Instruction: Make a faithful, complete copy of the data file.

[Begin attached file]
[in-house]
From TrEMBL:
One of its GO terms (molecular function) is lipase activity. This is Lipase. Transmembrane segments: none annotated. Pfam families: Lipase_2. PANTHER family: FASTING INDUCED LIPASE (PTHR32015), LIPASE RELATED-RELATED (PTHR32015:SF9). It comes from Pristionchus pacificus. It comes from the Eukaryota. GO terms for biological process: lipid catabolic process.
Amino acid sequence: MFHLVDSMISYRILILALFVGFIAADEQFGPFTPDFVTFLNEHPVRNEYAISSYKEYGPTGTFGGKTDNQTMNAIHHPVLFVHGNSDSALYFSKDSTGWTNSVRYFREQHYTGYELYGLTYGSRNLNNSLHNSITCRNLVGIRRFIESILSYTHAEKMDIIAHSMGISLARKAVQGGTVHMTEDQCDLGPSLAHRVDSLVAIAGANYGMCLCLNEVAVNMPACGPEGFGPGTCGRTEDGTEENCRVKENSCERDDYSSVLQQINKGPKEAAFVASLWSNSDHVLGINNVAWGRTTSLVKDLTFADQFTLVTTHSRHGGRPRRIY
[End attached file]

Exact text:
[in-house]
From TrEMBL:
One of its GO terms (molecular function) is lipase activity. This is Lipase. Transmembrane segments: none annotated. Pfam families: Lipase_2. PANTHER family: FASTING INDUCED LIPASE (PTHR32015), LIPASE RELATED-RELATED (PTHR32015:SF9). It comes from Pristionchus pacificus. It comes from the Eukaryota. GO terms for biological process: lipid catabolic process.
Amino acid sequence: MFHLVDSMISYRILILALFVGFIAADEQFGPFTPDFVTFLNEHPVRNEYAISSYKEYGPTGTFGGKTDNQTMNAIHHPVLFVHGNSDSALYFSKDSTGWTNSVRYFREQHYTGYELYGLTYGSRNLNNSLHNSITCRNLVGIRRFIESILSYTHAEKMDIIAHSMGISLARKAVQGGTVHMTEDQCDLGPSLAHRVDSLVAIAGANYGMCLCLNEVAVNMPACGPEGFGPGTCGRTEDGTEENCRVKENSCERDDYSSVLQQINKGPKEAAFVASLWSNSDHVLGINNVAWGRTTSLVKDLTFADQFTLVTTHSRHGGRPRRIY